As even the largest clinical trials won’t capture all possible bad reactions to a drug, we need pharmacovigilance
Every drug ever discovered has side effects. That’s a commonplace, or at least it should be. But it immediately brings up the important questions of how severe those side effects might be and how often they occur under normal usage. Drug developers speak of a therapeutic window between the effective dose and the higher doses that are more likely to bring on trouble. Anything is trouble at a high enough dose, of course: water itself is deadly if you drink an insane amount of it in a short time. But ideally, you want a nice large gap between what a patient is likely to take and any kind of toxic dosage. In case you’re wondering, the most common drug with a narrow window is paracetamol, overdoses of which account for most of the acute liver failures in the Western world, particularly when combined with alcohol.
But what about side effects at the normal doses themselves? This becomes a job for statistics, because the more people who take a given medicine, the greater the chance that someone will have a bad reaction to it. These can range from headaches or a short-lived skin rash all the way up to extremely serious conditions such as anaphylactic shock, and as you would imagine, drug companies are rather keen to know about how common such things might be. But that’s hard-won knowledge in many cases. The word pharmacovigilance covers the process of watching for such things after a new therapy is approved, and it can be hard on the nerves.
Clinical trials with 10,000 or 20,000 patients in them were not sufficient to pick up on this problem, and those are about the largest that ever get run
The recent headlines about vascular side effects with some of the coronavirus vaccines are a good illustration of this. As I write, this is very much a developing story. But it seems clear that the vaccine clinical trials with 10,000 or 20,000 patients in them were not sufficient to pick up on this problem, and those, frankly, are about the largest clinical trials that ever get run. By the time you’re down to one in 50,000 or one in 100,000 patients showing a given side effect, you are truly outside the range of your statistical power during development.
So what brings on such rare events, and why are they so rare in the first place? The vaccine story again provides an answer: the extraordinarily personal nature of the immune system. To start with, our gene sequences are at their most variable when coding for various immune system proteins. Things are further personalised by DNA recombination events in our B cells, giving every one of us a huge combinatorial library of antibodies. Then our individual life experiences give us each a further individual immune landscape in our memory B and memory T cells. There have not been enough humans on earth yet to produce a duplicate.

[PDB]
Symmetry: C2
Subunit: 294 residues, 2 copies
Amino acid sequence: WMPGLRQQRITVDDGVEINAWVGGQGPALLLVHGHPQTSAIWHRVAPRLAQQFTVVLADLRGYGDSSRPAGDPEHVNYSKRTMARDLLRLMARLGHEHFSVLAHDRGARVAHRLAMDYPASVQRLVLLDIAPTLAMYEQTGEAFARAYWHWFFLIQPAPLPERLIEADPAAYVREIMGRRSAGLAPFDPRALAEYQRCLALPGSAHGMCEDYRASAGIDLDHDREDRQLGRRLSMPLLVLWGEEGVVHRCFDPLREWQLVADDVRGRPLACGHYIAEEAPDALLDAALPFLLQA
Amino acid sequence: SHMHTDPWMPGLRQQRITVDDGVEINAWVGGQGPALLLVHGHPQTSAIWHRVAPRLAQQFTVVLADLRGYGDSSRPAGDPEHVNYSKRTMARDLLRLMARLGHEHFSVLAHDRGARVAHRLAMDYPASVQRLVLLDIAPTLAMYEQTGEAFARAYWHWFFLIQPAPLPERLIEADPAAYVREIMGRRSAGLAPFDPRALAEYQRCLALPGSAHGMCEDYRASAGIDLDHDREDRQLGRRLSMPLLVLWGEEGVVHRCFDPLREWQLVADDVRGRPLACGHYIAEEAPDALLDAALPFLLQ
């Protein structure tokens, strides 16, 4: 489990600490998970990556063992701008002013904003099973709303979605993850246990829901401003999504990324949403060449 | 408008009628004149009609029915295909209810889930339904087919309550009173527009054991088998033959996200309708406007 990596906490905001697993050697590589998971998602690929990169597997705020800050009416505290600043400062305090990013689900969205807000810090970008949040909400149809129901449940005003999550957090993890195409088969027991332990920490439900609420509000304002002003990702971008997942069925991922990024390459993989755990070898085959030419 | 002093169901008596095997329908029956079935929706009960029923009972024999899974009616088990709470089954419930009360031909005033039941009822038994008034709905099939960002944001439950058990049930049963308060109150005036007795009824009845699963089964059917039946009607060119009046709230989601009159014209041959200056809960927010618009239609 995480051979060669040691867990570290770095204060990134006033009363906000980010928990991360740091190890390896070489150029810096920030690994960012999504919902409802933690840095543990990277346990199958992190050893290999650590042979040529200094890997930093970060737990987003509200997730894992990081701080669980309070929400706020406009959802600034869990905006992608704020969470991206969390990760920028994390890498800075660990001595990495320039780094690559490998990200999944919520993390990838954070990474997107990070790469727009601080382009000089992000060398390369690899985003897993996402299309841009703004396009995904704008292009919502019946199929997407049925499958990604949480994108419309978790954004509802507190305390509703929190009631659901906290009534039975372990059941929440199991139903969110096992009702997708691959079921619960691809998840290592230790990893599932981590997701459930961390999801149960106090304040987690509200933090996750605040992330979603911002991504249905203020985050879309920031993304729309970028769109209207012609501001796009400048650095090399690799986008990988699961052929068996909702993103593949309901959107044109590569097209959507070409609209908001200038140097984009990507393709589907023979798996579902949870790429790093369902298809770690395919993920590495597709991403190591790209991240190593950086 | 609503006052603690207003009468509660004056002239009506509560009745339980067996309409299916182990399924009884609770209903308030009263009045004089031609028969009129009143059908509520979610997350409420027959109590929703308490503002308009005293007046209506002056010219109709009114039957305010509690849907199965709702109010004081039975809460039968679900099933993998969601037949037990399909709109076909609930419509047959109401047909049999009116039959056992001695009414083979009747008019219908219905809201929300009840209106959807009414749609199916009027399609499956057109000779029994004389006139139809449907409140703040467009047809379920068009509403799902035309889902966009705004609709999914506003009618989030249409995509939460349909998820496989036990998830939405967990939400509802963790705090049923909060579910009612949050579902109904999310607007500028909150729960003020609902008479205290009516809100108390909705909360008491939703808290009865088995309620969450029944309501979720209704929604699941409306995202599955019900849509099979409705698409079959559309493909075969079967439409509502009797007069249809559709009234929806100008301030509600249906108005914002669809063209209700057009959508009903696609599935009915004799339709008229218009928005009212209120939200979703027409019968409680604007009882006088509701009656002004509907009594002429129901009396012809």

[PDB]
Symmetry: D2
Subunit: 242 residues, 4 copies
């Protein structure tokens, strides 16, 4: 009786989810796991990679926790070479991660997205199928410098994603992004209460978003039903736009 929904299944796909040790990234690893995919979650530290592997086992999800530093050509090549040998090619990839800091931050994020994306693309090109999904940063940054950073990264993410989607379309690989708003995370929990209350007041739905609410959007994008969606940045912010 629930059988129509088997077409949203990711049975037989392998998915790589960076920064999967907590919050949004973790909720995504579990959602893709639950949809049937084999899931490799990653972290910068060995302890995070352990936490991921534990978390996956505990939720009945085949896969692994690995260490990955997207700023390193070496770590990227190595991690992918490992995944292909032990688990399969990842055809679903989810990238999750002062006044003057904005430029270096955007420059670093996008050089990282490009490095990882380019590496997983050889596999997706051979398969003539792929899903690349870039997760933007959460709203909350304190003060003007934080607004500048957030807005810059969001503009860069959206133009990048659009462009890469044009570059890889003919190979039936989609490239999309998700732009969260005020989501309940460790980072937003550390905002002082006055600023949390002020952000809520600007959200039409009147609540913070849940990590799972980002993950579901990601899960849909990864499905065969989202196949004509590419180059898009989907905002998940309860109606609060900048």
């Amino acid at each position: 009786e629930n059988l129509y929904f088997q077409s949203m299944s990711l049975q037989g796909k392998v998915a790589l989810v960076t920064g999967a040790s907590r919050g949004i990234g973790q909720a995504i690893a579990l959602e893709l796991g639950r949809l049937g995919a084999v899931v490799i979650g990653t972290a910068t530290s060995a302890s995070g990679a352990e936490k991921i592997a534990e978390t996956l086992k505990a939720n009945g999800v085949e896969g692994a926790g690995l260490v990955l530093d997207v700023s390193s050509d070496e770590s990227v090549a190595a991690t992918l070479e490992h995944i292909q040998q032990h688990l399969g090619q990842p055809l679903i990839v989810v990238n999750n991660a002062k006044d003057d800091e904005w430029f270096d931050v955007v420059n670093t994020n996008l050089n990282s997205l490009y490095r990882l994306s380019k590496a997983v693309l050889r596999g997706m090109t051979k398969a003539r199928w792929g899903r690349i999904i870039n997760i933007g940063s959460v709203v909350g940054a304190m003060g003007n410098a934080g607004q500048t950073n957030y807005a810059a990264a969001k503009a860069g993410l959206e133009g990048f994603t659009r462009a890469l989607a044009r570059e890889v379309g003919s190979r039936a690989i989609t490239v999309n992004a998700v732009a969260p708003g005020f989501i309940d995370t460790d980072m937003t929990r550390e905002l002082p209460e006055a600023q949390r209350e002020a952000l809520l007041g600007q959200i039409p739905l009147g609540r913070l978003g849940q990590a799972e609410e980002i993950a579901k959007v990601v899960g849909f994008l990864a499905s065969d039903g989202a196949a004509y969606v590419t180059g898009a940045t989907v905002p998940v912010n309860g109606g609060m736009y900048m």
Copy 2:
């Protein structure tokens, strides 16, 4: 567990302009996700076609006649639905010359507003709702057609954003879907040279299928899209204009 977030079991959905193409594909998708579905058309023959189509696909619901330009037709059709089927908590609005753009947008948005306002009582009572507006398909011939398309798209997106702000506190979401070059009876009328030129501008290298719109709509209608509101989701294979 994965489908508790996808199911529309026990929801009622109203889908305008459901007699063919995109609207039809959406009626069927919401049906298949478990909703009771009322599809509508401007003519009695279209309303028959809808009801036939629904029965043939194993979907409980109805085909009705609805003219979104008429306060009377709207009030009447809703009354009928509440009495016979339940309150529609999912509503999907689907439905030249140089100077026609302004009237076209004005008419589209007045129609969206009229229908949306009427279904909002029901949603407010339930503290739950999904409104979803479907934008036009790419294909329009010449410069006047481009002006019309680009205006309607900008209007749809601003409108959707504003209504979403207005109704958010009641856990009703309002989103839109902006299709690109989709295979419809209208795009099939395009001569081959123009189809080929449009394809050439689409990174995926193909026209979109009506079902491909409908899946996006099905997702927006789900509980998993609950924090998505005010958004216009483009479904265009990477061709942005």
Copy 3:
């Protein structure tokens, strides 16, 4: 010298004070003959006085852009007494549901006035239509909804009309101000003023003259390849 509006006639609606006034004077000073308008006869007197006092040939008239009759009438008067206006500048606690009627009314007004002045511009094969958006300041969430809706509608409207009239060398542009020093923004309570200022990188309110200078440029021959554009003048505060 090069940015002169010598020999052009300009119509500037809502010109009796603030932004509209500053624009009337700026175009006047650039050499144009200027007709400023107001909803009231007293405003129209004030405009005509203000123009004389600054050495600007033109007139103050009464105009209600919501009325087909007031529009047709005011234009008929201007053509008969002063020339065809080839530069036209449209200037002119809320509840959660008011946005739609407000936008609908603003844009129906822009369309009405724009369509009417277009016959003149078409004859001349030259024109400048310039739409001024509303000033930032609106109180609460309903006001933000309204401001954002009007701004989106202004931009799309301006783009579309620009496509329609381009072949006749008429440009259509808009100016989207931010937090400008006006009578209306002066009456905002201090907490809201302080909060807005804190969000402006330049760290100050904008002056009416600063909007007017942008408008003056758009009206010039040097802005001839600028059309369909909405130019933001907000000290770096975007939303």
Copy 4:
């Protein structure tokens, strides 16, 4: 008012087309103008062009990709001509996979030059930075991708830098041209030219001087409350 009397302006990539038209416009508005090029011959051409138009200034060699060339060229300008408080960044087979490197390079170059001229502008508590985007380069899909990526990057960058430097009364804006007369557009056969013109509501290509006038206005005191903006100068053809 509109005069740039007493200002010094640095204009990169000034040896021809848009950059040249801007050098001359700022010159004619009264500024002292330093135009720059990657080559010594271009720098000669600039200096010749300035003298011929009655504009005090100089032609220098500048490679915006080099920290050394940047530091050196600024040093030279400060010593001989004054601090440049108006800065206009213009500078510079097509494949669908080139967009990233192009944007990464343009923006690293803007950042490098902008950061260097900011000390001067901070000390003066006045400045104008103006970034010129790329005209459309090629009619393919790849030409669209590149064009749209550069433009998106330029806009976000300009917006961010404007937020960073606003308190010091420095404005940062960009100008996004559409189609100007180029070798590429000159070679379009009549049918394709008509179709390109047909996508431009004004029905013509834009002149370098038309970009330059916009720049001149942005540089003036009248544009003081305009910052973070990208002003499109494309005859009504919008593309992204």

So with a therapy like vaccination, which directly targets immune function, it’s clear how you might hit on a rare combination of cross-reactive antibodies. But this goes even for totally unrelated small molecule drugs as well. It’s particularly so for the ones that might form covalent bonds to reactive protein residues (perhaps nearly a third of all marketed drugs). The modified proteins that get produced occasionally set off an immune response with one of the untold trillions of possible antibodies, and a side effect is born.
Nothing close to a full antibody profile has ever been carried out on a human
Thus far, it’s basically impossible to predict such things. Nothing close to a full antibody profile has ever been carried out on a human. The number of possibilities (all those antibodies, all those theoretical binding events and downstream effects) is beyond experiment and beyond computation, and will stay that way for the foreseeable future. What does that leave us?
Pharmacovigilance. We have to stay alert for such things and gather as much reliable data as we can as quickly as we can. If there are particular classes of patients who are more at risk, we have to learn who they are so that they can be warned while others can continue to get the benefit of the therapy itself. Harming a few people can be unacceptable, but so can denying a much larger number of needy patients. It all depends on the numbers, the harm and the need. It’s a judgment call, and always will be – and if it’s not your decision to make, be glad.
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